The British Army led the way in showcasing opportunities in Science, Technology, Engineering and Mathematics (STEM) today on International Women and Girls in Science Day with an inspiring hands-on event at the National Army Museum.
Representatives from the Army have been seeking to break down perceived barriers that hold women back from taking up STEM occupations by showcasing the exciting STEM job opportunities available within the Army.
The schoolgirls from across London who were present were amazed by and were keen to test out their own skills.
I didn’t realise the Army had so many cool jobs to choose from. Leyla Spiteri, (12)
The event gave pupils from London schools a chance to speak to uniformed troops while working on tasks such as building replicas of Bloodhound, a land speed record project which has been supported by the Army; creating mini-parachutes; and building Da Vinci bridges.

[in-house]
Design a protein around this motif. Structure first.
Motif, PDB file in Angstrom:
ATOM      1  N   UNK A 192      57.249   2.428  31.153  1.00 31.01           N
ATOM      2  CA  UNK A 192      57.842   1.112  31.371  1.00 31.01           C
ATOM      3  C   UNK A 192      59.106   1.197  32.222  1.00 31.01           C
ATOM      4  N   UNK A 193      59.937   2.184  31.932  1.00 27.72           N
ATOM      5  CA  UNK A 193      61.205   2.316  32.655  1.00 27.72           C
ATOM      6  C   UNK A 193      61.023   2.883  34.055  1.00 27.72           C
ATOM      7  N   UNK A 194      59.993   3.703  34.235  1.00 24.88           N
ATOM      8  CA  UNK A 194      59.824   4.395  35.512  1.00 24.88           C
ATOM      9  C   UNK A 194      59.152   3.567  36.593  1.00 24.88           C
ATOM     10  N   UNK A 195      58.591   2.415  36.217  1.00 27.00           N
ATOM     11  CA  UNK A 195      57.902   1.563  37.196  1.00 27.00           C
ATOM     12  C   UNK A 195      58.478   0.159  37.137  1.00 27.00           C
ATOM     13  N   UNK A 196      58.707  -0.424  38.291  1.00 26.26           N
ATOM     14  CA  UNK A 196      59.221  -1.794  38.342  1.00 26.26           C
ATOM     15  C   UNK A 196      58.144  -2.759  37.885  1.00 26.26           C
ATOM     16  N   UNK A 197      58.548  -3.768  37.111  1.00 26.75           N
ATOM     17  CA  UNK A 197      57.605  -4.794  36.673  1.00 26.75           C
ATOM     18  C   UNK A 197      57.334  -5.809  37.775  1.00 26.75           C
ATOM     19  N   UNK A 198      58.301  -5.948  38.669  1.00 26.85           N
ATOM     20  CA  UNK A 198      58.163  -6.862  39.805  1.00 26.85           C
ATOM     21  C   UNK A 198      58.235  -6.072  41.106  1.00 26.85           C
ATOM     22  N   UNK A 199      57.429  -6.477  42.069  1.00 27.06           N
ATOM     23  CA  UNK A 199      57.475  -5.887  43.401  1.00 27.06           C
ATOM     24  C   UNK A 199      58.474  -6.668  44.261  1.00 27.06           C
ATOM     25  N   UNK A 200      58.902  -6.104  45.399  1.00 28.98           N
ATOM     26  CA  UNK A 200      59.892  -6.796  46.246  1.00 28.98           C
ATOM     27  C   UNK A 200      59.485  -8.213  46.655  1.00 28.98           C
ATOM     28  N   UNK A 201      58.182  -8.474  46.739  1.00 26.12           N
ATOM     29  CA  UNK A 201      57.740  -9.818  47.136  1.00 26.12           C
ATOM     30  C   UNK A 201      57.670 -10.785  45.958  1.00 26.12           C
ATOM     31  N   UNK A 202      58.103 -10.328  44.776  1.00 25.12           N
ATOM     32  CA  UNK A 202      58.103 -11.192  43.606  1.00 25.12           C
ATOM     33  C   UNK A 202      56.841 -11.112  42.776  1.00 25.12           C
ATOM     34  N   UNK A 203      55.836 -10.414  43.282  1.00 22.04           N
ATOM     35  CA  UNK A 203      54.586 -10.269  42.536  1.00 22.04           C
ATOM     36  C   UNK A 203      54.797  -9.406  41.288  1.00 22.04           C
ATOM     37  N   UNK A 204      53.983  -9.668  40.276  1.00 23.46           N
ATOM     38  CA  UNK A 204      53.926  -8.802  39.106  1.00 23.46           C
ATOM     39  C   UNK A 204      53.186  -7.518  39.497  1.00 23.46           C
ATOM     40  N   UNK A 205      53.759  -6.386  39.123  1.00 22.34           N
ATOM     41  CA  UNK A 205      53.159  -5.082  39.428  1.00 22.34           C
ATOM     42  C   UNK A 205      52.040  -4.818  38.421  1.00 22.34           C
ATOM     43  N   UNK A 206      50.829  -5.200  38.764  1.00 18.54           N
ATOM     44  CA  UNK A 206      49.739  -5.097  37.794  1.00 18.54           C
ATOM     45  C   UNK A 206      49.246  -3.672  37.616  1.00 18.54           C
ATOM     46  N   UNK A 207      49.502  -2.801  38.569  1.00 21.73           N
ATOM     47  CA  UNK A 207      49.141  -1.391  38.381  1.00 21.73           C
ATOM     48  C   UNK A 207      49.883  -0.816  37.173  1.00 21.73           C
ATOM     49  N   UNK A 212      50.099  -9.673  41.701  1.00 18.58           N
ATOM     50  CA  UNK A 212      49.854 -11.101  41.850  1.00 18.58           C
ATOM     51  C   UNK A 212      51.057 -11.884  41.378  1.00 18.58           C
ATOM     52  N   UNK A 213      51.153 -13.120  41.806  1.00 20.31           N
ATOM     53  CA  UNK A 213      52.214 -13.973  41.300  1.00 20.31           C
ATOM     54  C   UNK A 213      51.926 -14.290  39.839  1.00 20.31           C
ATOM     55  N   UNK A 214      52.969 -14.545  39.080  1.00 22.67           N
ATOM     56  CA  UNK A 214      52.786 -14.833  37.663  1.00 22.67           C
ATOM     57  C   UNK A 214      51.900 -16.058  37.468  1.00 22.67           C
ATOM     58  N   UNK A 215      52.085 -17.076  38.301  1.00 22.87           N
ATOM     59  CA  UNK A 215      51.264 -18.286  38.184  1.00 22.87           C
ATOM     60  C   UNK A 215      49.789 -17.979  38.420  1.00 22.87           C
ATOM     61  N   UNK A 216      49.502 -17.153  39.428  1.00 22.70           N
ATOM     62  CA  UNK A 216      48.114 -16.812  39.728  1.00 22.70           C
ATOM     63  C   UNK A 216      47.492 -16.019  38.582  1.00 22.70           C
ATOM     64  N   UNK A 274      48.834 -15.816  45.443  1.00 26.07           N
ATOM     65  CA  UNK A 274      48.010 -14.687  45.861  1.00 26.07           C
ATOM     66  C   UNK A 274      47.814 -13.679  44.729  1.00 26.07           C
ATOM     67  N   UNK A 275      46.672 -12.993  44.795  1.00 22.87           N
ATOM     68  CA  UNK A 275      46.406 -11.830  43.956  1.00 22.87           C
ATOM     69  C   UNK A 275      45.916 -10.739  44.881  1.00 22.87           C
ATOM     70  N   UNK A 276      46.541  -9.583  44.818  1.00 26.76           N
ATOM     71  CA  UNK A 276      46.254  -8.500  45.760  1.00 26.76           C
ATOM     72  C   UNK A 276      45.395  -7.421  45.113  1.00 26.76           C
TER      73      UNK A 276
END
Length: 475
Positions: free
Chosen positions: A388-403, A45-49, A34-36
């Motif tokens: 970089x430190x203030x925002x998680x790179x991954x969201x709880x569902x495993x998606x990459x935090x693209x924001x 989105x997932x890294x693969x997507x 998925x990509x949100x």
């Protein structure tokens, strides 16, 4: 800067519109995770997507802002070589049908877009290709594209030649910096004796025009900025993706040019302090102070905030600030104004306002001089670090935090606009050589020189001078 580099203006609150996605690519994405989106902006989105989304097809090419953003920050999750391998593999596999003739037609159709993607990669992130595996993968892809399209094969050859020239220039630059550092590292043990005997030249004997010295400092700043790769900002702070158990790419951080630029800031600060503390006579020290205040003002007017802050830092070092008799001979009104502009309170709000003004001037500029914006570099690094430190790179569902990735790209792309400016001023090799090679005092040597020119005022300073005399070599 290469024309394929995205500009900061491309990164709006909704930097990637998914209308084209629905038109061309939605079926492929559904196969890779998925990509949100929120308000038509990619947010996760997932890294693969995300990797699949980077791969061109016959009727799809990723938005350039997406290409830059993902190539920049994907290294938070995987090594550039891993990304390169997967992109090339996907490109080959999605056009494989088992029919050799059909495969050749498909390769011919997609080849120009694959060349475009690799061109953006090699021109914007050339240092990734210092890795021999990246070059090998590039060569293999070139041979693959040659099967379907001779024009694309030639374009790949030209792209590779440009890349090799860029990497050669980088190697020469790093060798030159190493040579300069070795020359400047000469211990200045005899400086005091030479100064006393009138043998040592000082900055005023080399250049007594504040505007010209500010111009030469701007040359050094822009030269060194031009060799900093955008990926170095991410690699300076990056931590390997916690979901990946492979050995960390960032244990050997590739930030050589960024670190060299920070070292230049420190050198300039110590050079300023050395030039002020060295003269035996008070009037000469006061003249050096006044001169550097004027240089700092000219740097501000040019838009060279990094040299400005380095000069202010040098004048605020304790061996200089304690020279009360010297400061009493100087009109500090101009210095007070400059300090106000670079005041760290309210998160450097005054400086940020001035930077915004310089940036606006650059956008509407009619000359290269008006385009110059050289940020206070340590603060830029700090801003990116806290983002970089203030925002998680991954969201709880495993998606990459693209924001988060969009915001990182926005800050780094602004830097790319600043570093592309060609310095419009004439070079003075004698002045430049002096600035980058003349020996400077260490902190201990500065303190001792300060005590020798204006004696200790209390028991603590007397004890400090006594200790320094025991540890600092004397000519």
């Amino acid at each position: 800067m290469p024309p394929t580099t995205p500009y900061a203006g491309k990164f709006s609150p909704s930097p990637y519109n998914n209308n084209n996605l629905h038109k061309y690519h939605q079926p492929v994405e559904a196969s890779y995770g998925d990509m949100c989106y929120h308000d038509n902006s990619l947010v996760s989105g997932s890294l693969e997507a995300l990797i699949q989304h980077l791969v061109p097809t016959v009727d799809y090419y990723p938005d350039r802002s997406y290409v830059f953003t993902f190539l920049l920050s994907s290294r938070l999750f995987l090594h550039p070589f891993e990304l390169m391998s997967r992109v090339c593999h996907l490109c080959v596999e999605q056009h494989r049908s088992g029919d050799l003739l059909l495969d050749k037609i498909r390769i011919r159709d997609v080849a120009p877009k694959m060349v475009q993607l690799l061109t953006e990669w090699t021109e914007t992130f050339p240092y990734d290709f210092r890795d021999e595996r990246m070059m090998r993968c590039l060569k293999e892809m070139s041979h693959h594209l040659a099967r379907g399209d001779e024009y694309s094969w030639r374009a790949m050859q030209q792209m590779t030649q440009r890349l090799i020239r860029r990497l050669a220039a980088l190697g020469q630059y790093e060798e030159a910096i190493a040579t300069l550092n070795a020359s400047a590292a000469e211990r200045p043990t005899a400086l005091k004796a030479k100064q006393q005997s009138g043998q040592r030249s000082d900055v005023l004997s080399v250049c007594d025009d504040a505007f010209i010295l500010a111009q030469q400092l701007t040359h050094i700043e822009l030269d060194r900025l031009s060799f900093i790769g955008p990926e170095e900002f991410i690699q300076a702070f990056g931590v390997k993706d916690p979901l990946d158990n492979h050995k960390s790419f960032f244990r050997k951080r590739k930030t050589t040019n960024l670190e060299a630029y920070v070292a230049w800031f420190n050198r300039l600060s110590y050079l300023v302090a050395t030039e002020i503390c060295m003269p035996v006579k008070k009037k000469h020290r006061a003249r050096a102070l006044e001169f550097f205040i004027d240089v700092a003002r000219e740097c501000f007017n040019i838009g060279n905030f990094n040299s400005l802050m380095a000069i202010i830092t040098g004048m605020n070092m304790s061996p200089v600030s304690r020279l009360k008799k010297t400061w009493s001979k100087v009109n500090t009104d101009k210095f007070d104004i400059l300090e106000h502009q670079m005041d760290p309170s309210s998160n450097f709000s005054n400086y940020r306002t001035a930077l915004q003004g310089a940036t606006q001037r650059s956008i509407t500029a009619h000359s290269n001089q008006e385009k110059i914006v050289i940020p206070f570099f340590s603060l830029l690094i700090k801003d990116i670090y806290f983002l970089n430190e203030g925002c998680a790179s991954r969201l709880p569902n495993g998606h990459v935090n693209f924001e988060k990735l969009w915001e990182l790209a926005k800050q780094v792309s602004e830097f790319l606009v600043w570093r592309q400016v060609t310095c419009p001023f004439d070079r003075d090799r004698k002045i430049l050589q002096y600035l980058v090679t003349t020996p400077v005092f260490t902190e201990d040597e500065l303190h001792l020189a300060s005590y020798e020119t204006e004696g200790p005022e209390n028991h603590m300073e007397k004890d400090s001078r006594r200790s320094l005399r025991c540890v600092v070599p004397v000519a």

Service personnel from The Corps of Royal Electrical and Mechanical Engineers, The Royal Engineers, The Royal Logistic Corps; The Royal Armoured Corps and The Royal Signals were manning the dynamic stands and were pleased to answer any questions from their eager audience.
Leyla Spiteri, aged 12, from Coopers School in Chislehurst, said: “Before I today I thought the Army was just about guns and running around at war, but we’ve learnt so much about science and technology.
“I didn’t realise the Army had so many cool jobs to choose from.”